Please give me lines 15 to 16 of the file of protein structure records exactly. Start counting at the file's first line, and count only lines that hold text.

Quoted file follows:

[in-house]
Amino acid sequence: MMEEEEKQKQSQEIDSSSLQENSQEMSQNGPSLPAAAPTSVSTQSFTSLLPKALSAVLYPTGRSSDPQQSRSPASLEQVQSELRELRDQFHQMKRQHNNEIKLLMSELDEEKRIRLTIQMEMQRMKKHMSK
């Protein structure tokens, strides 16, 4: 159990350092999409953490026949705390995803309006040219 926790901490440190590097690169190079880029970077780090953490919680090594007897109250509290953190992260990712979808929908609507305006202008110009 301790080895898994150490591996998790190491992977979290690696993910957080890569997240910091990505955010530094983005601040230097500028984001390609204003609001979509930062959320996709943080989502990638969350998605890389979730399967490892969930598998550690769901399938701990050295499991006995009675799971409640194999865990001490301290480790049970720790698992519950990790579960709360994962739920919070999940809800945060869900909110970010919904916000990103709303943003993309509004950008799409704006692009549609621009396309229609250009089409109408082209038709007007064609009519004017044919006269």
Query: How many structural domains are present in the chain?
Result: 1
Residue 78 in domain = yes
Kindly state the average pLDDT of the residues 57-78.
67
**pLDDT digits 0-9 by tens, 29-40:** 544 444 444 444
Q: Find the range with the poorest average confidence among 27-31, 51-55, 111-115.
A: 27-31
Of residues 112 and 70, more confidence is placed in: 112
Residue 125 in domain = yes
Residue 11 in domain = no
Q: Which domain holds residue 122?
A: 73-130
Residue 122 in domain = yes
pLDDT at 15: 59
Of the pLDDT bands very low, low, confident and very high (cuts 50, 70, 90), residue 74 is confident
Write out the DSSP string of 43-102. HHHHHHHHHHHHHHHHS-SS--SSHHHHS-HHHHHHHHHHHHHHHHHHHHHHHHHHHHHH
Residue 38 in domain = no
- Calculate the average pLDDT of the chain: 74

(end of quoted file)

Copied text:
Q: Which domain holds residue 122?
A: 73-130